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birthday of Mieczyslaw Weinberg on December 8, 2019.
Renate Eggbrecht has recorded all 3 violin Sonatas
of the Month
on Chopin Études 1
Konstantin Scherbakov (piano)
Che fai tù? - Villanelles
The suspended harp of Babel
violin concertos - Ibragimova
Viola concerto - Maxim Rysanov
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Franz LISZT (1811-1886)
Künstlerfestzug zur Schillerfeier, S114 [10:58]
Tasso – Lamento e trionfo, S96 [21:25]
A Symphony to Dante’s ‘Divina Commedia’, S109 [46:37]
Damen des Opernchores des Deutschen Nationaltheaters Weimar
Staatskapelle Weimar/Kirill Karabits
rec. 2018/19, Congress Centrum Neue Weimarhalle, Germany AUDITE97.760 [79:02]
I must admit that I have not yet heard the first recording of the completion of Liszt’s opera Sardanapalo recorded with these same forces but they have now moved on to some of Liszt’s other orchestral works with this CD which, I am pleased to report, includes a first recording.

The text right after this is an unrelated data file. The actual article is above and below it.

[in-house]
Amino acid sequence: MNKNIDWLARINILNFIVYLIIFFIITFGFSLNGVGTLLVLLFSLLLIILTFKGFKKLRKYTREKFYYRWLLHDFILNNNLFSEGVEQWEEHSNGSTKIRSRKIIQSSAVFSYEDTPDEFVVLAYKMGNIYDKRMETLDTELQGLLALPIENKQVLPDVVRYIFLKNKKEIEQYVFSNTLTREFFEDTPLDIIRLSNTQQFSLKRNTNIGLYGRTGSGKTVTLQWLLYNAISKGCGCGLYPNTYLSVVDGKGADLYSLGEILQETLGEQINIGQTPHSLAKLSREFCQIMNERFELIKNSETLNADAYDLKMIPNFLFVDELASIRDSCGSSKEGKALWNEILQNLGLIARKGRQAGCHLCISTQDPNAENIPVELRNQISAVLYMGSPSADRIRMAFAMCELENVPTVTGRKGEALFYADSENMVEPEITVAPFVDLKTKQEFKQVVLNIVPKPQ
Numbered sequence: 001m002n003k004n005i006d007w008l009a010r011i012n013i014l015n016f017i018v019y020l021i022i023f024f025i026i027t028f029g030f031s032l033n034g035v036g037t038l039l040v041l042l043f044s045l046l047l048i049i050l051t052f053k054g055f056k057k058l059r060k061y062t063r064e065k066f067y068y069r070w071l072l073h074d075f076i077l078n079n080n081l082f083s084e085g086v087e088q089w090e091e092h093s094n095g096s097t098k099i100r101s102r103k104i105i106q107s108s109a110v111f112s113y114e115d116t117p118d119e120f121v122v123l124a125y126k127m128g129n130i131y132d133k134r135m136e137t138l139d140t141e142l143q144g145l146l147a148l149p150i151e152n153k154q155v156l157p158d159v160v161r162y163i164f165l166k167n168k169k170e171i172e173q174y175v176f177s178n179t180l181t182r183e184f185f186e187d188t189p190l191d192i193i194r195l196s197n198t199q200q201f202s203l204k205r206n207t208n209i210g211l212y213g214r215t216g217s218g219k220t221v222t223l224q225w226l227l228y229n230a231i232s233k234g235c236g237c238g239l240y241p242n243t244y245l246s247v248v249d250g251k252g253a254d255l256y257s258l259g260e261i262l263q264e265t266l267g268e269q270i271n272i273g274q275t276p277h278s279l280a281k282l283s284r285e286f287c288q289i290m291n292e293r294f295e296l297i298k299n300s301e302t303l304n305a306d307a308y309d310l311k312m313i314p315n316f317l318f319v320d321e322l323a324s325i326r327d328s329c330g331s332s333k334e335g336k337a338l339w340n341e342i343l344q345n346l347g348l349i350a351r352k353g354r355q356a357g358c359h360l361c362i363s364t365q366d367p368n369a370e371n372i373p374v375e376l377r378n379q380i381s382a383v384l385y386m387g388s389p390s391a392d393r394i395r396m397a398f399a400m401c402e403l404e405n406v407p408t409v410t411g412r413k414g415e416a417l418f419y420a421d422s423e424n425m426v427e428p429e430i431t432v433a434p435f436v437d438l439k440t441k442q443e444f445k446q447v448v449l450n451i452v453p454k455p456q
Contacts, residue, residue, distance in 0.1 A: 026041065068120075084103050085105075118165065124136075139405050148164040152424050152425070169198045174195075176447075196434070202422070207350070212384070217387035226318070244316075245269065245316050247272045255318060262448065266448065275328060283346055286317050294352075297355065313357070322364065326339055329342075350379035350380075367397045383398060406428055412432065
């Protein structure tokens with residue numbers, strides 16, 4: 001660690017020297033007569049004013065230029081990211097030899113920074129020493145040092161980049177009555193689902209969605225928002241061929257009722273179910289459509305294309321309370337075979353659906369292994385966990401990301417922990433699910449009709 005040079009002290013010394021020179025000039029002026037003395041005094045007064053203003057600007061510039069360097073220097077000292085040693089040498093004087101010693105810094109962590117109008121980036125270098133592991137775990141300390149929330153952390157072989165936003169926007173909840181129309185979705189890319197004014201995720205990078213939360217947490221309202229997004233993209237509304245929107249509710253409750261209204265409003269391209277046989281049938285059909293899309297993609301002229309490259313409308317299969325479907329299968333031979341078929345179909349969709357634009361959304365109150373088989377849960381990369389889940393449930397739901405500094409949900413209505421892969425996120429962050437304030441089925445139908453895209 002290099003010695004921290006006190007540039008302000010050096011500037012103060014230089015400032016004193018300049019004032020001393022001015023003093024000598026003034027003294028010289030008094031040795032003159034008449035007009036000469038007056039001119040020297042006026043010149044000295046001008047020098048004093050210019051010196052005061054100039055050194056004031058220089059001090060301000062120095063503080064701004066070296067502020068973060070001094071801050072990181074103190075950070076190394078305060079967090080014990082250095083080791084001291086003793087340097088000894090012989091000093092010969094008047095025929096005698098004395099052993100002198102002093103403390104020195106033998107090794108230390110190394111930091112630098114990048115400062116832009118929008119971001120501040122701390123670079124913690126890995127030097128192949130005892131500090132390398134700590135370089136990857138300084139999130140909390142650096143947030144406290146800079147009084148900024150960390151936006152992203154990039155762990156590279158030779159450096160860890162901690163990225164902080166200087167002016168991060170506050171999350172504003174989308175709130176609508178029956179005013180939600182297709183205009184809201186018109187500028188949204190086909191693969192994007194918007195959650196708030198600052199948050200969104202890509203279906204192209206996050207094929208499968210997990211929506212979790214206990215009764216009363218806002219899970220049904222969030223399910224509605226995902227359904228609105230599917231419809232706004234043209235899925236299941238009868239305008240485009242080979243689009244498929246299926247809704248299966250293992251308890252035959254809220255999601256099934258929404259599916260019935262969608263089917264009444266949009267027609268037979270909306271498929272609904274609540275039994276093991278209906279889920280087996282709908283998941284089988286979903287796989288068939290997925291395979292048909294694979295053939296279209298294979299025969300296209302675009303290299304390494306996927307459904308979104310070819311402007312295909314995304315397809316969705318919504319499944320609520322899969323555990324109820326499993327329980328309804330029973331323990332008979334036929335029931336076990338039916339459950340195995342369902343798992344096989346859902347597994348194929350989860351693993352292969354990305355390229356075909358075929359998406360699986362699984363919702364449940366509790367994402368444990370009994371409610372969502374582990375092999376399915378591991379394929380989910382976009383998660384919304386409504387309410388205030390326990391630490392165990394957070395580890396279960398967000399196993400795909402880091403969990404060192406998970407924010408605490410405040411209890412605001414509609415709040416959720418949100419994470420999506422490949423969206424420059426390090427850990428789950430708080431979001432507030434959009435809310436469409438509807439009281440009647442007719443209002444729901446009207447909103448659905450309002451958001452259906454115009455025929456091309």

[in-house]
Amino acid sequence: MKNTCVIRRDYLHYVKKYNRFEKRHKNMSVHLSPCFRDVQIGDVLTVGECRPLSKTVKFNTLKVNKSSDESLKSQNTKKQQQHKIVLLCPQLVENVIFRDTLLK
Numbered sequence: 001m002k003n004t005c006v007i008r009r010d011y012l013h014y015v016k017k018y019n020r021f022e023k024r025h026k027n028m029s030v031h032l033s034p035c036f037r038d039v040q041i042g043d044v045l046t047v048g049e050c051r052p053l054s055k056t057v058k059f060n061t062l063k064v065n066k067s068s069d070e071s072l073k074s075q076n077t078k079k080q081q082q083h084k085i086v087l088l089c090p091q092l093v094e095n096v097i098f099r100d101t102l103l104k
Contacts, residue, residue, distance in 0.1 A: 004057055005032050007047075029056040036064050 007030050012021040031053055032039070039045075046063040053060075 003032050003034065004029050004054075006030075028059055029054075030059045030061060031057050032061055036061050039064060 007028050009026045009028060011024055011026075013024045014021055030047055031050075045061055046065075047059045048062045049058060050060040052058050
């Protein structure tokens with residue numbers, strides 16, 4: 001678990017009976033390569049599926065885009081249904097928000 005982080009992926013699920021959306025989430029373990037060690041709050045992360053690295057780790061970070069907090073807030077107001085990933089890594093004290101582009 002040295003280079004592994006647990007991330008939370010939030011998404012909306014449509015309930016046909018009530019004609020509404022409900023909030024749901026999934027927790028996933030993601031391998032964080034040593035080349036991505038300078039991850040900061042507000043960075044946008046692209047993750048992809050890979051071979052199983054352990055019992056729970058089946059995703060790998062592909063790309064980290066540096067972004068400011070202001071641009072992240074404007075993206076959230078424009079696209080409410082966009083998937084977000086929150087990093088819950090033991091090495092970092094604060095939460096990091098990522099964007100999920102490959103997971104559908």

The Künstlerfestzug zur Schillerfeier is one of those jolly ceremonial marches of which Liszt composed quite a number and all of which are almost never heard these days. It is a shame, as there is some really memorable and fun music here, replete with lots of heroic fanfares and whatnot. It is also interesting to compare this orchestral version to the final solo piano version (S520ii in Searle’s catalogue – there is also a 4 hand piano version S605 which as far as I can tell has yet to be recorded) and how much detail there is in the piano version and how well it’s all orchestrated from that. Overall, it’s not a serious piece, just a bit of fun and full of marvellous tunes. It is also wonderfully clearly recorded and well played by all concerned. The central section which uses the same themes as found in the symphonic poem Orpheus is especially wonderfully played before the bombastic opening themes return to conclude the work.